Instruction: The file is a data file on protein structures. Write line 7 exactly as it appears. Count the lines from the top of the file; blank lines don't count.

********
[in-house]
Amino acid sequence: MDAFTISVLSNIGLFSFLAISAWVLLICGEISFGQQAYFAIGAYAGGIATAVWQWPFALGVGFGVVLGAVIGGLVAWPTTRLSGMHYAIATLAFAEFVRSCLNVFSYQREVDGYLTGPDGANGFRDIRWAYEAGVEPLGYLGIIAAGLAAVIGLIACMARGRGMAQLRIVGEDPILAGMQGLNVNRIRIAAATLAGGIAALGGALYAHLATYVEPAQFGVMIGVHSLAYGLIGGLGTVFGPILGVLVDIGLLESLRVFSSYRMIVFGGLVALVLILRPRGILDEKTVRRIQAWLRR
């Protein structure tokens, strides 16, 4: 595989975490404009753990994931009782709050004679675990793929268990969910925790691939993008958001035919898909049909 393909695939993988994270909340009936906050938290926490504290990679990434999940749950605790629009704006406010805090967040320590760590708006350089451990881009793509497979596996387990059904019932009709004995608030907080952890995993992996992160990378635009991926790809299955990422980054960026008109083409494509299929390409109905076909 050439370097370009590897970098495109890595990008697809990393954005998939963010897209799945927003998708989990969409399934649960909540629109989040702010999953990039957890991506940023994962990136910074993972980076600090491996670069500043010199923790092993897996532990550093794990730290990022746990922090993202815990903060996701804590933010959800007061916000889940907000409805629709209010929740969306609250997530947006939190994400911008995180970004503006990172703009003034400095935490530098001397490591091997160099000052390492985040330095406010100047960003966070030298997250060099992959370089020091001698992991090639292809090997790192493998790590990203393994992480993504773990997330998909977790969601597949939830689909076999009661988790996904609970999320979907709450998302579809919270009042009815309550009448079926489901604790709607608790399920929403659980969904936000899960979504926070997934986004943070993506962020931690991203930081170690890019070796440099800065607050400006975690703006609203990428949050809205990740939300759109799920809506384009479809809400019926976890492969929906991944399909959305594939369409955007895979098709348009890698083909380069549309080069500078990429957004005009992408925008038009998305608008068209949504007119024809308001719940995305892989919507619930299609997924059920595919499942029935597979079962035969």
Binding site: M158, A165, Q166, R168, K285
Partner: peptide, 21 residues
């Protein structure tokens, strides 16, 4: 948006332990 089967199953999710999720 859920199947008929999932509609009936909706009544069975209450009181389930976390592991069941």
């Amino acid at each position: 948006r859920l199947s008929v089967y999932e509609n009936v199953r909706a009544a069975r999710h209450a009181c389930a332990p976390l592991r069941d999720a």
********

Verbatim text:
């Amino acid at each position: 948006r859920l199947s008929v089967y999932e509609n009936v199953r909706a009544a069975r999710h209450a009181c389930a332990p976390l592991r069941d999720a």